- The Washington Times - Thursday, April 21, 2005

Just plain Bill

There’s another Bill in Hil’s life: William Brenner, a lawyer in Sullivan County, N.Y., is now the Republican opponent to Sen. Hillary Rodham Clinton, New York Democrat.

The fact that Mr. Brenner declared his intention on March 31 to challenge Mrs. Clinton in 2006 is just dawning upon the New York Times and other papers.

“The Republican candidate who will have the best chance to unseat Hillary will be a relative unknown — a humble, straight-shooting, man-of-the-people who wears his heart on his sleeve … that’s Bill Brenner,” noted his campaign manager and son David Brenner yesterday.

“Sen. Clinton has the money and connections to steamroll over any polished, professional politician the Republicans throw at her,” Mr. Brenner said. “Who is the only person she can’t roll over? Which candidate would be the chink in her armor? The answer is the candidate who thinks little of money and connections.”



No political novice, Mr. Brenner was the 2004 Republican candidate for U.S. Congress in New York’s 22nd congressional district, but lost to five-time incumbent Democrat Maurice D. Hinchey.

NRA reload

The conservative House Republican Study Committee recognized former Iowa Republican Party Chairman Kayne Robinson for “fighting for conservative principles and individual liberty.” North Carolina Rep. Patrick T. McHenry presented Mr. Robinson, outgoing National Rifle Association president, with a plaque from the 100-member RSC at NRA’s annual meeting in Houston last weekend.

Hollywood hunk and political conservative Tom Selleck was elected to the 76-member NRA board, as were former Sen. Zell Miller, Georgia Democrat, and James S. Gilmore III, former Virginia governor and former chairman of the Republican National Committee.

They join other political conservatives on the board, including former Rep. Bob Barr, Oliver North, Hollywood director John Milius, rock star Ted Nugent and former Lakers basketball star Karl Malone.

Fancy footwork

The New York Daily News yesterday reported that Democratic Sens. Byron L. Dorgan of North Dakota and John Kerry of Massachusetts were trying to kill a legal probe implicating senior Clinton administration appointees for obstruction of justice.

The lawmakers Tuesday attached an amendment to a spending bill, which passed the Senate yesterday, to cut off funding for independent counsel David Barrett’s 10-year-old investigation of Henry Cisneros, former Housing and Urban Development secretary.

The lawmakers said Mr. Cisneros paid a $10,000 fine in 1999 for lying to the FBI about payments to a mistress and that former President Bill Clinton pardoned him — so the probe “should have ended years ago.”

Sources told the paper the legislation will thwart Mr. Barrett’s attempts to make a 400-page final report public. They said the report will accuse former Clinton officials at the Justice Department and the Internal Revenue Service of using their positions to attack Clinton critics and cover up possible criminal deeds.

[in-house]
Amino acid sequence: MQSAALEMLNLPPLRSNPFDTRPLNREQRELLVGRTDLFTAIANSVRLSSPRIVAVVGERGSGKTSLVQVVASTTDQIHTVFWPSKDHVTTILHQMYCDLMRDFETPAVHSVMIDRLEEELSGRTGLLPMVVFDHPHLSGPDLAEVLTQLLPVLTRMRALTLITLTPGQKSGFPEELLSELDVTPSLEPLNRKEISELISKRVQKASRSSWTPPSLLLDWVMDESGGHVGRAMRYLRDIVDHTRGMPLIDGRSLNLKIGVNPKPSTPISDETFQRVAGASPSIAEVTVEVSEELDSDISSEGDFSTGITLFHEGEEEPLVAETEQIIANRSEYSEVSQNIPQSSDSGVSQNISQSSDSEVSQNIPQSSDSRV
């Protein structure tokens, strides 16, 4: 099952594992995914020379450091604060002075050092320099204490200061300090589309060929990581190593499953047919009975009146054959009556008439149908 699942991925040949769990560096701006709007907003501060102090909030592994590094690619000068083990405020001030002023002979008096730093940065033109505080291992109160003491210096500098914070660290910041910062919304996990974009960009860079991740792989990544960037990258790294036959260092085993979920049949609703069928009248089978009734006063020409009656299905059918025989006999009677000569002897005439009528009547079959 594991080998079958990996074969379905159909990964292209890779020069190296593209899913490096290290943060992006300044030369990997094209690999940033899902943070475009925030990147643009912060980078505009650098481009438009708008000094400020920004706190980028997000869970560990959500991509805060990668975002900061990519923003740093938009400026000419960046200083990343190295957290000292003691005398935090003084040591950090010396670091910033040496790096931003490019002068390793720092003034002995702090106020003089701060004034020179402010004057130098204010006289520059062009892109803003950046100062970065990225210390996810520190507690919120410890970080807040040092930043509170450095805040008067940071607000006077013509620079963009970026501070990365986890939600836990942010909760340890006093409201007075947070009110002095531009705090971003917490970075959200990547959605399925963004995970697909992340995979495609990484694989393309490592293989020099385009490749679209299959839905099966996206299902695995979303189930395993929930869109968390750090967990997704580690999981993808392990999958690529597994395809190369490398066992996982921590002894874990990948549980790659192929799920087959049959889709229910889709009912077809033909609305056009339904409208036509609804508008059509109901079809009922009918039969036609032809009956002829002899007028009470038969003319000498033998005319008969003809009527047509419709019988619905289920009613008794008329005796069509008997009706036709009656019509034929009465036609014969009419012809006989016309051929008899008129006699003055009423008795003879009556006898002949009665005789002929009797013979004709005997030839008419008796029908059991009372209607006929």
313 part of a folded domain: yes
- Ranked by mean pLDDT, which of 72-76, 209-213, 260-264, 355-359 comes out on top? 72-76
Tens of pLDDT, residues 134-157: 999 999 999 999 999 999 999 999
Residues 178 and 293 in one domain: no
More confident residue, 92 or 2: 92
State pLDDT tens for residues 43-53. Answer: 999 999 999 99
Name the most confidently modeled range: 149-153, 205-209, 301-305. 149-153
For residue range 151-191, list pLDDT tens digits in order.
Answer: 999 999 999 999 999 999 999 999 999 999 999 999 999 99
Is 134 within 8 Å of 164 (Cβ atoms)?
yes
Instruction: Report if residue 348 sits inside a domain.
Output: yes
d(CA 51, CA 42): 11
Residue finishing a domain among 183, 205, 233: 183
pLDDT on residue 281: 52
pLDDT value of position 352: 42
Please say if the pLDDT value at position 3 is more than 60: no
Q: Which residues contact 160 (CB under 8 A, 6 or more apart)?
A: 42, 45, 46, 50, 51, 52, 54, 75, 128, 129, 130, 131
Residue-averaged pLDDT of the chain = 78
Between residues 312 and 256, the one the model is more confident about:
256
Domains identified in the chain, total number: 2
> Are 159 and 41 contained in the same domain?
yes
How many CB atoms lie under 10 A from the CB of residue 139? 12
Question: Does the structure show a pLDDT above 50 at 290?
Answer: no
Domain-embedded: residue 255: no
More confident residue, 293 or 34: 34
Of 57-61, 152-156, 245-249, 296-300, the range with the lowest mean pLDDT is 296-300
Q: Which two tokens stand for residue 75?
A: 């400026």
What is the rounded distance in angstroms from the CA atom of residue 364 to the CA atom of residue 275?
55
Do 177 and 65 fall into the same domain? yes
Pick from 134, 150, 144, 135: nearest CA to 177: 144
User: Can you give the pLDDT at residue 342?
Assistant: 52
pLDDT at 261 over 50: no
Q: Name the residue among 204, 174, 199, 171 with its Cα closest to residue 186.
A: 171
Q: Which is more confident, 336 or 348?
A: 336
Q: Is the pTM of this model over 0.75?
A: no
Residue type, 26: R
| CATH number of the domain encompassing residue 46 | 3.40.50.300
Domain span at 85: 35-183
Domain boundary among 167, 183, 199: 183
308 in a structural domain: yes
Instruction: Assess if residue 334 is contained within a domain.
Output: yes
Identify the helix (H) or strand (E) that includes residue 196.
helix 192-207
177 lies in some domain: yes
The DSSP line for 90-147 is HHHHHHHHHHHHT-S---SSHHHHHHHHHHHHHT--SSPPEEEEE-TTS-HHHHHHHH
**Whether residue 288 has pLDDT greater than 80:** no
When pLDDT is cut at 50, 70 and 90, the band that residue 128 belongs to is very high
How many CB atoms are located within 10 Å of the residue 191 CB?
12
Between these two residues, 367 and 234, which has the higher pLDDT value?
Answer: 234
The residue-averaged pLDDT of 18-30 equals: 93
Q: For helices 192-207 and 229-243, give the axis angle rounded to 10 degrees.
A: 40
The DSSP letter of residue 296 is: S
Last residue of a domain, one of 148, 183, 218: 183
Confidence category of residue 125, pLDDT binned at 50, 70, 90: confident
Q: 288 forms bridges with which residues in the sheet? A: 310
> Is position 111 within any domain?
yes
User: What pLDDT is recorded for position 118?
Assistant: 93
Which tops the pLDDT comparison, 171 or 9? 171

“It’s about obstruction of justice. People are willing to take drastic actions to kill this report,” one source said.

Differences between the House and Senate spending bills for U.S. operations in Iraq and Afghanistan still must be resolved in a conference committee.

Mi casa

News of interest, perhaps, to those who follow immigration issues, this from Alfonso Nieto of the Embassy of Mexico, announcing a new mortgage program for Mexico migrants:

“Migrants will have the possibility of buying a home in Mexico while working in the USA,” the notice reads, adding that the program “will increase the standard of living of the families of migrants in Mexico” and “reinforce migrants’ roots in their native country.”

Introduced Tuesday by Mexican President Vicente Fox, the “program allows Mexican migrants living in the United States to obtain mortgages to buy homes in Mexico. The program will start with over 1,000 available mortgages and is expected to grow thereafter.

“The program is operated by three private mortgage companies with offices in the United States: Su Casita, Hipotecaria Nacional and Credito Inmobiliario Terras/Conficasa, with the support of the Federal Mortgage Society, a Mexican public organization that promotes the construction and purchasing of housing in Mexico.”

Snow returns

Fox News Radio host Tony Snow will be on the air again Monday after some downtime for cancer treatment.

“I’m feeling great — I mean, really great — so great that I’m ready to go back on the air full time,” Mr. Snow said yesterday.

“Words can’t express how pleased and grateful we are that he’s better,” said Rick Silipigni of WMET 1160, which airs Mr. Snow’s show from 9 a.m. to noon in the Washington area.

Exit at AIPAC

The pro-Israel lobbying group AIPAC has dismissed policy director Steve Rosen and senior analyst Keith Weissman, who were involved in a federal probe into whether secrets on Iran were passed to Israel, Reuters news agency reports.

The powerful American Israel Public Affairs Committee earlier had defended the pair.

“The action that AIPAC has taken was done in consultation with counsel after careful consideration of recently learned information and the conduct AIPAC expects of its employees,” spokesman Patrick Dorton said.

Attorneys for Mr. Rosen and Mr. Weissman said the two had acted properly.

The federal investigation was publicly disclosed in August, and has focused on whether Defense Department analyst Lawrence Franklin passed secret documents about Iran to Israeli intelligence through AIPAC staff members.

Charges have not been brought in the investigation, which remains open.

Contact Jennifer Harper at jharper@washingtontimes.com or 202/636-3085.

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